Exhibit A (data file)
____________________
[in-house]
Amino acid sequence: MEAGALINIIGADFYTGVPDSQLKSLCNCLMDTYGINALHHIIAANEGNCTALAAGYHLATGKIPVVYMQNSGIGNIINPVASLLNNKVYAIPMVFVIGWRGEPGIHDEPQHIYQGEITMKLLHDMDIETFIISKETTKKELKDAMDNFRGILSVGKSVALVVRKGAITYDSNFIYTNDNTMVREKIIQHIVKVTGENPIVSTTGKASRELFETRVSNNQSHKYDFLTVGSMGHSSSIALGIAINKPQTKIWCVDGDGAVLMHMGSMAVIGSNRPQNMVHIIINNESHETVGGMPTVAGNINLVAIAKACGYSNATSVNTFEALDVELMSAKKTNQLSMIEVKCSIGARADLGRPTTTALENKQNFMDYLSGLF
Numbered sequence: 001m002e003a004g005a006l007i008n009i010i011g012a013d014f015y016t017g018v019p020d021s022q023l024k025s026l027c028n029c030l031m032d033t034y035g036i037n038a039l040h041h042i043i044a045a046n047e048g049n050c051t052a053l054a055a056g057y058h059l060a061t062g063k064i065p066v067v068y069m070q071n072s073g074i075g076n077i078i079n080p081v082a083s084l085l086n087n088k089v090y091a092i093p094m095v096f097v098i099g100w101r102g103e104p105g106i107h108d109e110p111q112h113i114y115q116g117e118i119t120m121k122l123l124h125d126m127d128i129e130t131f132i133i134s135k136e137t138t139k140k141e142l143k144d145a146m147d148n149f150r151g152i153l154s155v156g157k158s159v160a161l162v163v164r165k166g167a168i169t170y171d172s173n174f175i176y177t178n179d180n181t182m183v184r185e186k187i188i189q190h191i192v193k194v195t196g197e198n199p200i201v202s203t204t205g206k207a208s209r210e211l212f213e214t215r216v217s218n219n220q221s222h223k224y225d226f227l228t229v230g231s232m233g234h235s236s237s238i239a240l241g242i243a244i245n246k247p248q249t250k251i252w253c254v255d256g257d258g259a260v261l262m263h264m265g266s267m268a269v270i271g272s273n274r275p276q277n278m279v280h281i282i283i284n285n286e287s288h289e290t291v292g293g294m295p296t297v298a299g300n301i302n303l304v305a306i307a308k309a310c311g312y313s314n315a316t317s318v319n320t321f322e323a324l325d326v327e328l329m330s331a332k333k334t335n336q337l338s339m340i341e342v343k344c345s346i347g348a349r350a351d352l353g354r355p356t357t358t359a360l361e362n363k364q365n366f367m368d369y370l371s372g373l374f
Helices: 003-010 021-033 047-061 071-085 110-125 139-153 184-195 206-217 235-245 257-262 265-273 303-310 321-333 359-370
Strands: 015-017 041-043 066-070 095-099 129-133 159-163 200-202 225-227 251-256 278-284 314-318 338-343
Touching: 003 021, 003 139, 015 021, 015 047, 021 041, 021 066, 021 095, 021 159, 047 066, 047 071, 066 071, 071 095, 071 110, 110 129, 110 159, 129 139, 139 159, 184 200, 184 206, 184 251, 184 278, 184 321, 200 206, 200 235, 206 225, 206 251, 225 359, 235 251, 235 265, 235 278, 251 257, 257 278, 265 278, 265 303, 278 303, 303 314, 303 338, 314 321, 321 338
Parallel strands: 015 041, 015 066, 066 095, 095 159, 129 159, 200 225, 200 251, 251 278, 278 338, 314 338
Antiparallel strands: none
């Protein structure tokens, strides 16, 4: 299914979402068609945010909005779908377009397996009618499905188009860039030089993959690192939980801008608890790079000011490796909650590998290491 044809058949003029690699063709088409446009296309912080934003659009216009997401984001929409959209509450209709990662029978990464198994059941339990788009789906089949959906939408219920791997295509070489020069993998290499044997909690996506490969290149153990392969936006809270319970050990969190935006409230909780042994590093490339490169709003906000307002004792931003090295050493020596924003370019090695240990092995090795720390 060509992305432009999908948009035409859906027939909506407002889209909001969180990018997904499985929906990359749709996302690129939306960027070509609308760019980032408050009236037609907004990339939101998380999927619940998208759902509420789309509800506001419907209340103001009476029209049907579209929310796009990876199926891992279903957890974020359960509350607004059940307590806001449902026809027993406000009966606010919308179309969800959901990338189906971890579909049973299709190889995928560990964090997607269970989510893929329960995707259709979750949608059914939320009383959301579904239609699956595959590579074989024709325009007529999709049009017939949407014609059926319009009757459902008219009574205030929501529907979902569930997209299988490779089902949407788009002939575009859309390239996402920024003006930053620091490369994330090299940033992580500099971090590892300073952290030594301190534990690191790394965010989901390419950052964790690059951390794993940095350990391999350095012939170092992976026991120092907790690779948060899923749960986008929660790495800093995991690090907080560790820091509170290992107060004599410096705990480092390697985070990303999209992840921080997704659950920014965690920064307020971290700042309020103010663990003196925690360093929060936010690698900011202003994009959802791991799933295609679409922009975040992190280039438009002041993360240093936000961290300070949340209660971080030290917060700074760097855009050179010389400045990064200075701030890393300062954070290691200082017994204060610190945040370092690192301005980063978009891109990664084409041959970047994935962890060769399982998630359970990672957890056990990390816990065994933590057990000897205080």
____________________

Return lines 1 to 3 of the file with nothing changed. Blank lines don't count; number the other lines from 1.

[in-house]
Amino acid sequence: MEAGALINIIGADFYTGVPDSQLKSLCNCLMDTYGINALHHIIAANEGNCTALAAGYHLATGKIPVVYMQNSGIGNIINPVASLLNNKVYAIPMVFVIGWRGEPGIHDEPQHIYQGEITMKLLHDMDIETFIISKETTKKELKDAMDNFRGILSVGKSVALVVRKGAITYDSNFIYTNDNTMVREKIIQHIVKVTGENPIVSTTGKASRELFETRVSNNQSHKYDFLTVGSMGHSSSIALGIAINKPQTKIWCVDGDGAVLMHMGSMAVIGSNRPQNMVHIIINNESHETVGGMPTVAGNINLVAIAKACGYSNATSVNTFEALDVELMSAKKTNQLSMIEVKCSIGARADLGRPTTTALENKQNFMDYLSGLF
Numbered sequence: 001m002e003a004g005a006l007i008n009i010i011g012a013d014f015y016t017g018v019p020d021s022q023l024k025s026l027c028n029c030l031m032d033t034y035g036i037n038a039l040h041h042i043i044a045a046n047e048g049n050c051t052a053l054a055a056g057y058h059l060a061t062g063k064i065p066v067v068y069m070q071n072s073g074i075g076n077i078i079n080p081v082a083s084l085l086n087n088k089v090y091a092i093p094m095v096f097v098i099g100w101r102g103e104p105g106i107h108d109e110p111q112h113i114y115q116g117e118i119t120m121k122l123l124h125d126m127d128i129e130t131f132i133i134s135k136e137t138t139k140k141e142l143k144d145a146m147d148n149f150r151g152i153l154s155v156g157k158s159v160a161l162v163v164r165k166g167a168i169t170y171d172s173n174f175i176y177t178n179d180n181t182m183v184r185e186k187i188i189q190h191i192v193k194v195t196g197e198n199p200i201v202s203t204t205g206k207a208s209r210e211l212f213e214t215r216v217s218n219n220q221s222h223k224y225d226f227l228t229v230g231s232m233g234h235s236s237s238i239a240l241g242i243a244i245n246k247p248q249t250k251i252w253c254v255d256g257d258g259a260v261l262m263h264m265g266s267m268a269v270i271g272s273n274r275p276q277n278m279v280h281i282i283i284n285n286e287s288h289e290t291v292g293g294m295p296t297v298a299g300n301i302n303l304v305a306i307a308k309a310c311g312y313s314n315a316t317s318v319n320t321f322e323a324l325d326v327e328l329m330s331a332k333k334t335n336q337l338s339m340i341e342v343k344c345s346i347g348a349r350a351d352l353g354r355p356t357t358t359a360l361e362n363k364q365n366f367m368d369y370l371s372g373l374f